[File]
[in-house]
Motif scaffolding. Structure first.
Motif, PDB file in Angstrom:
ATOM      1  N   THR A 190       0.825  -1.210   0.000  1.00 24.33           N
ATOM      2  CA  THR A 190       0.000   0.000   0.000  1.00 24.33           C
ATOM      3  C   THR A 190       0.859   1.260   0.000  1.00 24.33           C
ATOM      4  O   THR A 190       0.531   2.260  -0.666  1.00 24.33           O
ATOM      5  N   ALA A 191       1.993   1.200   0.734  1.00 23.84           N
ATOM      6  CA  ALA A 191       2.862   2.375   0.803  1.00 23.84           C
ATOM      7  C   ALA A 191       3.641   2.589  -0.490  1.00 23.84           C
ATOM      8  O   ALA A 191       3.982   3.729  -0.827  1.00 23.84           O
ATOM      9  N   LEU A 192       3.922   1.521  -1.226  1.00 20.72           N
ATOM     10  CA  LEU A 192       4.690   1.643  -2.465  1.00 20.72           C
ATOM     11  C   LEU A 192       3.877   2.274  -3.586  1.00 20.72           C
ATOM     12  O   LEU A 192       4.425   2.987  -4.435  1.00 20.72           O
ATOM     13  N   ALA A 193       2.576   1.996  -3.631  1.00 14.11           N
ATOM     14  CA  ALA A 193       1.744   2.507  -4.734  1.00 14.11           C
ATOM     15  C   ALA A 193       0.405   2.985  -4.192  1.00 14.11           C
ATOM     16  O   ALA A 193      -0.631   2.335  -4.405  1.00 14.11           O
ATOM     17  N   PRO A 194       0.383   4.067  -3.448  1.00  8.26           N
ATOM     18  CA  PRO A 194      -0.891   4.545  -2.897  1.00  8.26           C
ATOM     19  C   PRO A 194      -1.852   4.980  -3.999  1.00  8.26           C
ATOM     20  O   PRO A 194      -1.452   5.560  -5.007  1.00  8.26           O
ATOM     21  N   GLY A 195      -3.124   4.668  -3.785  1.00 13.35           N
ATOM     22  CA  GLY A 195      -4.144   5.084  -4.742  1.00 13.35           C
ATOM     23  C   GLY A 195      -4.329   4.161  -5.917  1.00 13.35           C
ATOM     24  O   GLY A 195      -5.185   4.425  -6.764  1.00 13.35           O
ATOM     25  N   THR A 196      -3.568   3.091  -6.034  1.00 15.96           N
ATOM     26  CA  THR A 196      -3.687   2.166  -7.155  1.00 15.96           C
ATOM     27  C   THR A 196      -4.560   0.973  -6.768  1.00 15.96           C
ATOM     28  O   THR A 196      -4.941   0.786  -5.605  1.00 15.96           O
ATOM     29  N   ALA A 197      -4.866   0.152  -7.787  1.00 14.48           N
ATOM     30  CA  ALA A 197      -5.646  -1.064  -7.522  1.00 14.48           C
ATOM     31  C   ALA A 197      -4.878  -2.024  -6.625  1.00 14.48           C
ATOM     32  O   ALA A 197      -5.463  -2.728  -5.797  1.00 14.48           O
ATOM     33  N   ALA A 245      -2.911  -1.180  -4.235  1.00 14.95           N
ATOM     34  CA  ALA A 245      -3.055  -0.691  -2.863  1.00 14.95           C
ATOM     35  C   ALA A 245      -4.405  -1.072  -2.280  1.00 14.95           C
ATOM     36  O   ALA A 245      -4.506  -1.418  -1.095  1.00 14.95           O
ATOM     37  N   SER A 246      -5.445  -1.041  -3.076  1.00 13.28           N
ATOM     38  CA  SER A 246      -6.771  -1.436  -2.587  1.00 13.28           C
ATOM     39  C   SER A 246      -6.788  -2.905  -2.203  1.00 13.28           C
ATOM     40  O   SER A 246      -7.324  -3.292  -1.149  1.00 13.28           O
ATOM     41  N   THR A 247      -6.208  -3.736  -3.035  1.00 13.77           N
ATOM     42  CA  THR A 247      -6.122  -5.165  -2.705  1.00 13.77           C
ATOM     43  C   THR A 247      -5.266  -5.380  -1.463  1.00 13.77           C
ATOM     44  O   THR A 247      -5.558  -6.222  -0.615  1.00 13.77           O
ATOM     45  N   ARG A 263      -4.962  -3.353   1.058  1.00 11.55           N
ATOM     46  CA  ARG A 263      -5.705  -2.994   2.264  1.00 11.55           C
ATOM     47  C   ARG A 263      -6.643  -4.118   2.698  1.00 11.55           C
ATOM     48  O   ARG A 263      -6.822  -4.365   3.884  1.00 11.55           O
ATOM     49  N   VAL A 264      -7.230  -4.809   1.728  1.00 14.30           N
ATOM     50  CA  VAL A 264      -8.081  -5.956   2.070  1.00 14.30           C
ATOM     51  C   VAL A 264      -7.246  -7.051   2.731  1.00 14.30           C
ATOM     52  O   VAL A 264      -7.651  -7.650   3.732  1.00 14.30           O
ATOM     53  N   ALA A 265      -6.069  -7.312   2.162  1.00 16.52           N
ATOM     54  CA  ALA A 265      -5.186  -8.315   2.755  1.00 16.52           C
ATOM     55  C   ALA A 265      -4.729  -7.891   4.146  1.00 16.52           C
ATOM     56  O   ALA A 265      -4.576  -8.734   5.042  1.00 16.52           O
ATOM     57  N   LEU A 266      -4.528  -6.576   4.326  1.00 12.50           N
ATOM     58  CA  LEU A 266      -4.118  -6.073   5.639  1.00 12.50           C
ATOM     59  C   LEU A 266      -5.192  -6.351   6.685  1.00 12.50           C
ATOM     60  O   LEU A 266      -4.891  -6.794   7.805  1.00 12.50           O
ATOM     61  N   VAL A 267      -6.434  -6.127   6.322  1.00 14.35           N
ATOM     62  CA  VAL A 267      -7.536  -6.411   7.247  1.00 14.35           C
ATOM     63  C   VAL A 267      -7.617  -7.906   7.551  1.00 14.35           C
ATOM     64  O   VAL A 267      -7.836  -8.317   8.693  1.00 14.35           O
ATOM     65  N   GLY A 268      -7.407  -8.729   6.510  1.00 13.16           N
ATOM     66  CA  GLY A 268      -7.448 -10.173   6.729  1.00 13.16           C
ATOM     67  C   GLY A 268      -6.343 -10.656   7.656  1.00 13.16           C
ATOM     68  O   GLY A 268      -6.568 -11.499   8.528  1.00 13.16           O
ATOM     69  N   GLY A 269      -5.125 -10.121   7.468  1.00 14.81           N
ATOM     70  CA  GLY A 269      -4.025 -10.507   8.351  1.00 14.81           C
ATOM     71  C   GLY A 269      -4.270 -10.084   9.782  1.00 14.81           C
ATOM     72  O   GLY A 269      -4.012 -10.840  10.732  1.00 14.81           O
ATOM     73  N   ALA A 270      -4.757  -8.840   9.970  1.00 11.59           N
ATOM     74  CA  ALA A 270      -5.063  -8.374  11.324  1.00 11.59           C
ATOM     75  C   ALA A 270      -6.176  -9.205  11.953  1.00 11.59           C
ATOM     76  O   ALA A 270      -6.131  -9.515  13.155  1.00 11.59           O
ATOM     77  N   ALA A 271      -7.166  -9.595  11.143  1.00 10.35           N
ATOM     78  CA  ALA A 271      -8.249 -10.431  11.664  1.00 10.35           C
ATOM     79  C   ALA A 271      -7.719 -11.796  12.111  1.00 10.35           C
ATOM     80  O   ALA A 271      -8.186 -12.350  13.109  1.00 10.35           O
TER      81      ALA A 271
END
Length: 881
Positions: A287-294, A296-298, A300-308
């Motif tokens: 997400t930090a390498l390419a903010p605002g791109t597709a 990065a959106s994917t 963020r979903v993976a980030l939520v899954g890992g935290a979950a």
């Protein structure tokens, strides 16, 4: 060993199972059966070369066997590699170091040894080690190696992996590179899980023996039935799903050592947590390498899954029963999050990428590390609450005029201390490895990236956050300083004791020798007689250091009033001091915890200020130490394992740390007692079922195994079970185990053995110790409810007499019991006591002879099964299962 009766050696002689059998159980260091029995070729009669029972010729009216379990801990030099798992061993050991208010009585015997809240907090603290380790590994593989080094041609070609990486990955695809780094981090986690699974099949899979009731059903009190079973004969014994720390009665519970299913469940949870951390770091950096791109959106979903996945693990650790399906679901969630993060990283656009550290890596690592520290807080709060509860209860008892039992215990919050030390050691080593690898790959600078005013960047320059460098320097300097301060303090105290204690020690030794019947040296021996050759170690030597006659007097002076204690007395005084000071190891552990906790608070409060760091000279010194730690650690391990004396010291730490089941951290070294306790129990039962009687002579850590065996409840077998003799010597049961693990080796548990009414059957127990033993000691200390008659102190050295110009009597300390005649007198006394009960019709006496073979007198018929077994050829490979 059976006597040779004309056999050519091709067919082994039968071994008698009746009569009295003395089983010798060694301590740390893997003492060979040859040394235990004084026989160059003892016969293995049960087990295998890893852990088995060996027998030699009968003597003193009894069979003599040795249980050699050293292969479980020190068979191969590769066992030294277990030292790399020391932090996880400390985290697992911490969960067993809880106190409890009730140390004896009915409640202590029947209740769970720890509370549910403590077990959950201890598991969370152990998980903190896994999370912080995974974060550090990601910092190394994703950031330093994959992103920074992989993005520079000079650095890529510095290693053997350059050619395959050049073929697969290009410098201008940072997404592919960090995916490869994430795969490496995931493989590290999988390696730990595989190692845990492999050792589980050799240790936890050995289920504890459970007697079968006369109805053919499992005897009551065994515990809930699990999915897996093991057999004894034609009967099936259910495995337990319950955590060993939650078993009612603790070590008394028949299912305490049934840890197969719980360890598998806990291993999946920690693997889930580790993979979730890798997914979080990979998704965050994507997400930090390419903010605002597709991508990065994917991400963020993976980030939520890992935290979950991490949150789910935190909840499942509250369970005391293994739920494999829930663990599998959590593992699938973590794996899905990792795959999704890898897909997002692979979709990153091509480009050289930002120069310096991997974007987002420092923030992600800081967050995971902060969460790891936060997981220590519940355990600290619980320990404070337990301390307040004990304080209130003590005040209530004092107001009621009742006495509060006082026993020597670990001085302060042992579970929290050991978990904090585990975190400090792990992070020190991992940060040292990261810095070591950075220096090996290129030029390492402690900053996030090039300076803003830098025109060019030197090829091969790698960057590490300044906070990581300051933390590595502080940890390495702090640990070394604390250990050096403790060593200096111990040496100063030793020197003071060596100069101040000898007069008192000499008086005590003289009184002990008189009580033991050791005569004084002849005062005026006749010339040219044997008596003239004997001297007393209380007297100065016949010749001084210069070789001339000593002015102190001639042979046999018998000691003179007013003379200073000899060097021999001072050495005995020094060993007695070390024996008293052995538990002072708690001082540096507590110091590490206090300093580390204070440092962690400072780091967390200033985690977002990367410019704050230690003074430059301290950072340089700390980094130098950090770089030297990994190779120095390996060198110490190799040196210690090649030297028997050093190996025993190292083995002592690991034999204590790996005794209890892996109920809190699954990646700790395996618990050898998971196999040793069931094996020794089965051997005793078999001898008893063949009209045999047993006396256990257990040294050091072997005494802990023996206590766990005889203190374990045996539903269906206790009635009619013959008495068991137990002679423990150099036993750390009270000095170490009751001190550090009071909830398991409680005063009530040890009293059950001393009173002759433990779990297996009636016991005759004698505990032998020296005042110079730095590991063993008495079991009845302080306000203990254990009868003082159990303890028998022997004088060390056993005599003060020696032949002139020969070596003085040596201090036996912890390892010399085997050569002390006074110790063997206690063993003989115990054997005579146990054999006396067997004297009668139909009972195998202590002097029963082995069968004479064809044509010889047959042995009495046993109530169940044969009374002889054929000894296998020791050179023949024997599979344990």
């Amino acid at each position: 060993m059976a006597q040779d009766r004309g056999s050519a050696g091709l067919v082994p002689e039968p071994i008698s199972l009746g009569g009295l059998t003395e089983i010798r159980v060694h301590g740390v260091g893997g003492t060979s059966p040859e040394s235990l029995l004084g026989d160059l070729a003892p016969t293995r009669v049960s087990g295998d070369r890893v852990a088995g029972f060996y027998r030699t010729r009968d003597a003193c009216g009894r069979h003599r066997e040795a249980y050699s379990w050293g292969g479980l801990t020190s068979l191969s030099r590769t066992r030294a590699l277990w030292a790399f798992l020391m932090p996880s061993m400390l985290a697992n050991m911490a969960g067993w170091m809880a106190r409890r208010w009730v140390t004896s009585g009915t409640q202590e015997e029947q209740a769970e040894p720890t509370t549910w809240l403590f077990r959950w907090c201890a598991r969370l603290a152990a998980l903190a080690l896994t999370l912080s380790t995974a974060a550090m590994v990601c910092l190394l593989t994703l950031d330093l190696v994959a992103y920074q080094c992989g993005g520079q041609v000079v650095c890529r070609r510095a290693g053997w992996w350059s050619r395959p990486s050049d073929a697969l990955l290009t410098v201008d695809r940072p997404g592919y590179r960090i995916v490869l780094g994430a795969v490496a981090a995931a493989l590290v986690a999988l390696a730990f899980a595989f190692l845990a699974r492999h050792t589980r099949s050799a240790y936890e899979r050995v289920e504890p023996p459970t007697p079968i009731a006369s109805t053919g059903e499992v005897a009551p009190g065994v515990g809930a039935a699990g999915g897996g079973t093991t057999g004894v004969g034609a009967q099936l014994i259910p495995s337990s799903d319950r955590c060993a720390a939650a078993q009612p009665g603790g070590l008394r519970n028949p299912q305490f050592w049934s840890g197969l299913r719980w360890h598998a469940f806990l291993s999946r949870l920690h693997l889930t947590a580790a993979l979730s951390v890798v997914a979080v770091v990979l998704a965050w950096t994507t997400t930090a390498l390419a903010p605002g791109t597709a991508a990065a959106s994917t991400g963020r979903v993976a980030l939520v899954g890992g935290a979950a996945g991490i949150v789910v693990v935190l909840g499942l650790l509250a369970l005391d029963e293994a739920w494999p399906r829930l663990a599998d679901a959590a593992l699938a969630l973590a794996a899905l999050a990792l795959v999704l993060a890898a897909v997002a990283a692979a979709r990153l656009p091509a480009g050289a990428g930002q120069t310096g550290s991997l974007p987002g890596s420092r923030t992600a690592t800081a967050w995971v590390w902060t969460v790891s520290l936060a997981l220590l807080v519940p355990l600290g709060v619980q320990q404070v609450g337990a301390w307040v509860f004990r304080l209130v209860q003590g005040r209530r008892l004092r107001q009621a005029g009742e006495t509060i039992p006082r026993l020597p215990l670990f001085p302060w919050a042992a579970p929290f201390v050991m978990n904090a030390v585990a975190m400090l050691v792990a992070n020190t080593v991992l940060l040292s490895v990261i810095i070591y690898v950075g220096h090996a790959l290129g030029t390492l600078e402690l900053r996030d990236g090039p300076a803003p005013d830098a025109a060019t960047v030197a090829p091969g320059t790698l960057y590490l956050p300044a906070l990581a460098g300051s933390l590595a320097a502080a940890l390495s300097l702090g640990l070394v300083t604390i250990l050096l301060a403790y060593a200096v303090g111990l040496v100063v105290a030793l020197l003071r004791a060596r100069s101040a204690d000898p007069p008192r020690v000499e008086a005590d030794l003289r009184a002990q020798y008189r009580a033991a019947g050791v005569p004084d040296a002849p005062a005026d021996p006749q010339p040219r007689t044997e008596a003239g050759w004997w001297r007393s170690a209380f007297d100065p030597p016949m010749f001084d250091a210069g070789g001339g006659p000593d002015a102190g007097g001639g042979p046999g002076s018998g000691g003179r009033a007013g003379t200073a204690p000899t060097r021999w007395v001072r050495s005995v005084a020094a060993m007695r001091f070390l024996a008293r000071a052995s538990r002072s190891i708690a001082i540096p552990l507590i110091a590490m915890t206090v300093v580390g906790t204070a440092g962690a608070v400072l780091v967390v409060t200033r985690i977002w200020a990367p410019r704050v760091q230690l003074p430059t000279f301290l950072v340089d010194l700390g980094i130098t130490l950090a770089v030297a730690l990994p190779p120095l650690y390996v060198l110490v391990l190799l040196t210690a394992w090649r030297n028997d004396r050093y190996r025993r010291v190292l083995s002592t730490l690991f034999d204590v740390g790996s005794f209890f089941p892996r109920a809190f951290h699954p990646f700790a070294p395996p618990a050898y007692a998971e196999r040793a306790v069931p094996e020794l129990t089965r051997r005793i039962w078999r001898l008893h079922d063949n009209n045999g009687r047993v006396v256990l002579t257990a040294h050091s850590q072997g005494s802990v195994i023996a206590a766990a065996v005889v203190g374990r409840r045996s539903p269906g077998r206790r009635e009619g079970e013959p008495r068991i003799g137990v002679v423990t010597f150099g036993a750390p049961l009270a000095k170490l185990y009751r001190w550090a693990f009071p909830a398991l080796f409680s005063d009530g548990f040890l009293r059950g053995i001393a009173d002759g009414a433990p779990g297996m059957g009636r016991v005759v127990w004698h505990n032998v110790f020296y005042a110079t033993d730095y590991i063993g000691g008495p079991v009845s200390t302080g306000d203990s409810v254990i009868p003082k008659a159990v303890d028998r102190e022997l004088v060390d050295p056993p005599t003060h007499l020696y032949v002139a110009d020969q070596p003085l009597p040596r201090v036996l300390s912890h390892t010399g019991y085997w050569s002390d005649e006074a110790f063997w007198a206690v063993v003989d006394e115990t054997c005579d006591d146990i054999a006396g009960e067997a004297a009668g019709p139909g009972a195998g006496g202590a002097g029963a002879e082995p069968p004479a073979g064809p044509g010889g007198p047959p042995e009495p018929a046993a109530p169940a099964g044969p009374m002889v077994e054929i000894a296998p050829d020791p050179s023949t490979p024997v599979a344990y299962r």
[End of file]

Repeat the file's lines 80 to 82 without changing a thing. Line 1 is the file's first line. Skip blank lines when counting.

ATOM     77  N   ALA A 271      -7.166  -9.595  11.143  1.00 10.35           N
ATOM     78  CA  ALA A 271      -8.249 -10.431  11.664  1.00 10.35           C
ATOM     79  C   ALA A 271      -7.719 -11.796  12.111  1.00 10.35           C